“The Rocks Don’t Lie” by David Montgomery: Chapters 11-13

After a 5 year hiatus, I decided to continue my look at David Montgomery’s work, The Rocks Don’t Lie. For a refresher, the book is from the perspective of a geologist as he looks at Noah’s flood in light of geology, but he also includes material on contemporary accounts and some reflections on faith.

Chapters 11-13

The stark impact of catastrophic events on our planet’s past is clear in the geologic record. Montgomery uses his own experience as a geologist and the history of geology to show how catastrophism is part of modern geology, despite young earth creationists often claiming modern geology only appeals to uniformitarianism. Geologists began integrating catastrophe and uniformity almost from the beginning, as challenges to Lyell’s strictest uniformitarianism emerged from geologic evidence. Thus, far from what is too often portrayed as an either/or situation, geology truly is both/and when it comes to the two streams of evidence.

It is even possible that one such catastrophic event led to the stories of the flood as found in the Ancient Near East, including in the Bible. Glacial events led to massive buildups of water, and as the ice would melt in front of that water, it would release huge torrents that could carve canyons and flood enter massive regions quickly. Clear evidence of this having happened through ice dam failures is seen in both North America and Eurasia (210ff). One such massive event helped fill Hudson bay and the Great Lakes. It is possible that a similar event occurred with the Black Sea that could have led to so many stories in the region about massive floods. Yet creationists are unwilling to accept this evidence. Montgomery writes:

There was a time when both geologists and conservative Christians would have interpreted the evidence of a catastrophic Black Sea flood as proof of Noah’s Flood and confirmation of the historical veracity of Genesis. But times have changed. Now geologists present evidence in support of Noah’s Flood, and creationists hold out for belief in a global flood for which no evidence can be found (223).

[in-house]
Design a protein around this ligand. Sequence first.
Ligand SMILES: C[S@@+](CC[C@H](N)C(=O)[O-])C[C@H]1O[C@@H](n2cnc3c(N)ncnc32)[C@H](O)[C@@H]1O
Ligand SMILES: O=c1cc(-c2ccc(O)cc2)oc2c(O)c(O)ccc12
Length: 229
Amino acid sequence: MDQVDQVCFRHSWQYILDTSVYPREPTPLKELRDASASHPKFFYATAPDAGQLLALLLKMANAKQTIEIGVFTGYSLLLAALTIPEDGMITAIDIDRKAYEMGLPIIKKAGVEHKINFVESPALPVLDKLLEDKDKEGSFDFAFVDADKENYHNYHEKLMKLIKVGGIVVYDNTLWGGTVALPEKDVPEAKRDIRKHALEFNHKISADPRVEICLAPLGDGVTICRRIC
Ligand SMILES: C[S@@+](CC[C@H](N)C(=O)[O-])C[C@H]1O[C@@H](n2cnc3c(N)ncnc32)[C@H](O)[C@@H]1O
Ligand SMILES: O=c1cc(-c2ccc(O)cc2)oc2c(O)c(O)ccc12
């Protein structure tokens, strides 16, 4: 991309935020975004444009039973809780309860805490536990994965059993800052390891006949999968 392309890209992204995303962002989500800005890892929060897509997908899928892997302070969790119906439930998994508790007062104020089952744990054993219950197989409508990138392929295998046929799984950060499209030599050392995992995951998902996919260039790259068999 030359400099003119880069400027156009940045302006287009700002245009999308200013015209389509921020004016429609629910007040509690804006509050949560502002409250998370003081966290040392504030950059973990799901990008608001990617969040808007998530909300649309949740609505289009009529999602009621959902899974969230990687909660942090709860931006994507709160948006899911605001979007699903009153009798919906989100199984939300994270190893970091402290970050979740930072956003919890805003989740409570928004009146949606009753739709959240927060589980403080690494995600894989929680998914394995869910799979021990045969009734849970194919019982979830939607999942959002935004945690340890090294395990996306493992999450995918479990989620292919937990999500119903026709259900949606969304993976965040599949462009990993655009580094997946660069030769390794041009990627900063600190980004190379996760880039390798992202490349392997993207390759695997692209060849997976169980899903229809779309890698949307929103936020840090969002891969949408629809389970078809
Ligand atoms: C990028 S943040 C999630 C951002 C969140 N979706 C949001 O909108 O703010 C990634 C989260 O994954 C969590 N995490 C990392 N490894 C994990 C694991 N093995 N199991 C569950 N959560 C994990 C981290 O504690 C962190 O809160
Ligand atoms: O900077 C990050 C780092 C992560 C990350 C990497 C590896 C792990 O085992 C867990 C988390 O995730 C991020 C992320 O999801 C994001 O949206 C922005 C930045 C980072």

In Chapter 12, Montgomery explores reasons why some Christians reject so much compelling evidence for a truly ancient earth and the lack of a global flood. One of the primary reasons, he thinks, is due to a belief that such evidence undercuts the truth of the Bible. He notes the impact of Whitcomb and Morris and their book The Genesis Flood upon this movement. It continues to have immense impact despite being rejected by geologists–including Christians–as clearly mistaken. The attacks upon conventional geology fall short of the truth and often show basic misunderstandings of geology. Christian geologists have continued to push back against this “flood geology,” yet it persists in some corners.

In the final chapter, entitled “The Nature of Faith,” Montgomery reflects upon his own journey. He came in with a clear goal of refuting creationist claims wholesale, but as he explored evidence for major local floods as well as reading Christians on the topic, his view of the nature of faith changed. He notes that he sees science and faith not as enemies but “as an awkward egalitarian waltz” (247). Montgomery, though not (to my knowledge) a Christian, suggests that Christianity has much to offer and has done some work for science as well as against it. He argues that one thing needed is “a historically informed understanding of how people read and interpreted sacred texts in the past” (249) so that we can form a better picture of the past. Similarly, “Genesis 1 remains powerful and relevant today if read as a symbolic polemic intended for early monotheists rather than as a Bronze Age scientific treatise” (251). Too often, “We will only look for evidence that confirms our beliefs” rather than challenging ourselves and keeping our minds open (253). Though religion cannot answer every scientific question, neither can science make religion an illusion (255).

I found Montgomery’s final chapter, in particular, extremely helpful. It’s the kind of outsider perspective that is truly constructive and helpful. It makes me wonder how his own outlook may have changed in the 6 years since the publication of this book. He is articulate and fair. Indeed, his suggestions for people of faith ought to be well-taken, alongside his critiques of skeptical perspectives. The idea that faith is a sickness or illusion is too prominent today, but people of faith also need to acknowledge that some of that stems from a denial of clear evidence. If we set our faith on things that are clearly wrong (for example, young earth creationism), it discredits our faith.

 

Links 

“The Rocks Don’t Lie” by David Montgomery: Preface and Chapter 1– Montgomery surveys the intent of the book and how his own investigation of the flood led him to some surprising results. He expected a straightforward refutation of creationism, but found the interplay with science and faith to be more complex than he thought.